how broad concepts and lessons from social identity provide a valuable lens for inspiring future work in CSCW."
PDF | ACM DL link pending
Seth Glickman, Nathan McKenzie, Joseph Seering, Rachel Moeller, Jessica Hammer - CHI PLAY 2018 Honourable Mention
"Livestreamed APGs (audience participation games) allow stream viewers to participate meaningfully in a streamer’s gameplay. However, streaming interfaces are not designed
to meet the needs of audience participants. In order to explore the game design space of APGs, we provided three game development teams with an audience participation interface
development toolkit. Teams iteratively developed and tested APGs over the course of ten months, and then reflected on common design challenges across the three games. Six challenges
were identified: latency, screen sharing, attention management, player agency, audience-streamer relationships, and shifting schedules. The impact of these challenges on players were
then explored through external playtests. We conclude with implications for the future of APG design."
PDF | ACM DL link pending
Joseph Seering, Saiph Savage, Michael Eagle, Joshua Churchin, Rachel Moeller, Jeffrey P. Bigham, Jessica Hammer - DIS 2017
"In this paper we explore audience participation games, a type of game that draws spectators into a role where they can impact gameplay in meaningful ways. "To better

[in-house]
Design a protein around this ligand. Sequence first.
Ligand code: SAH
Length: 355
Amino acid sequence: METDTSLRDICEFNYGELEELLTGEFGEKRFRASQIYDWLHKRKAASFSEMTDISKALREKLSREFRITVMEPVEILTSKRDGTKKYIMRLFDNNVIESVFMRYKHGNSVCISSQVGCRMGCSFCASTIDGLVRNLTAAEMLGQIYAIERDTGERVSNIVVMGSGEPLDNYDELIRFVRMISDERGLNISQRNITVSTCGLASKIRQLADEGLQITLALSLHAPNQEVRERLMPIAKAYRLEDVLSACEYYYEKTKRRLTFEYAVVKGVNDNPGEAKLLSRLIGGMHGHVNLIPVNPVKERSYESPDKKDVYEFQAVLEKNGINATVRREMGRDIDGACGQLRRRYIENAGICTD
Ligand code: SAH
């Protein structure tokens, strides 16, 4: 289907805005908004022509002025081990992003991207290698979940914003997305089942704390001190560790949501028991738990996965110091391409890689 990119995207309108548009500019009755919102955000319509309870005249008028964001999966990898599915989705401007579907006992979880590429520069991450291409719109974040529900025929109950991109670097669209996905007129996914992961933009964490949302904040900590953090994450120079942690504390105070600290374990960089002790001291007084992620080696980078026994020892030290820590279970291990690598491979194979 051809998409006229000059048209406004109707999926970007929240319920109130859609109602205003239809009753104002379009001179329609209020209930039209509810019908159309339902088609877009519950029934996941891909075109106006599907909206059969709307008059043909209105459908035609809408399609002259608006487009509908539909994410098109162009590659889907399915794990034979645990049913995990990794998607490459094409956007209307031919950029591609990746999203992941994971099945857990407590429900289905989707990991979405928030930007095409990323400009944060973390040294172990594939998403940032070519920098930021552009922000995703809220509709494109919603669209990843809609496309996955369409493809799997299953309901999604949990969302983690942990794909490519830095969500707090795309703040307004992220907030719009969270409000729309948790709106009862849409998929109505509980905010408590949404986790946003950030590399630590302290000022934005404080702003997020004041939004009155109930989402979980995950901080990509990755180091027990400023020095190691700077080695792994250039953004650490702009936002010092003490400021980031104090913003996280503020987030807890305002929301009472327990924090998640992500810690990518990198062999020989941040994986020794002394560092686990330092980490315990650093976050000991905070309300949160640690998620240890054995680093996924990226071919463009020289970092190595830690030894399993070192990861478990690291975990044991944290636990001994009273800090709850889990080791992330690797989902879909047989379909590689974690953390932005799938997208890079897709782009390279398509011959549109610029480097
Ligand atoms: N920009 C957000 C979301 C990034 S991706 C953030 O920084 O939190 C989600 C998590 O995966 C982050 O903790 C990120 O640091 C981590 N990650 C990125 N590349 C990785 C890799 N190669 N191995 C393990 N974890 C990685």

understand this design space, we developed several versions of two prototype games as design probes. We livestreamed them to an online audience in order to develop
a framework for audience motivations and participation styles, to explore ways in which mechanics can affect audience members’ sense of agency, and to identify promising
design spaces. Our results show the breadth of opportunities and challenges that designers face in creating engaging Audience
PDF | ACM DL
Joseph Seering, Robert A Kraut, and Laura Dabbish - CSCW 2017 Best Paper Honorable Mention
"Using millions of messages sent in Twitch chatrooms, we explore the effectiveness of methods for encouraging and discouraging specific behaviors, including
taking advantage of imitation effects through setting positive examples and using moderation tools to discourage antisocial behaviors. Consistent with aspects of imitation
theory and deterrence theory, users imitated examples of behavior that they saw, and more so for behaviors from high status users. Proactive moderation tools, such as chat modes which restricted the ability to post certain content,
proved effective at discouraging spam behaviors, while reactive bans were able to discourage a wider variety of behaviors."
PDF | ACM DL
Joseph Seering, Luwen Huang, and Karen Willcox - 2015 ASEE Annual Conference & Exposition
"Student learning outcomes have long been established as an important component in the process of developing subject content, communicating expectations to students, and designing effective
assessments.2 Tis project focused on mapping the relationships among outcomes across the undergraduate curriculum in the Department of Aeronautics and Astronautics at MIT. Through this project,
we expanded upon existing sets of outcomes and created new sets where none previously existed to connect subjects in the undergraduate curriculum in an integrated framework."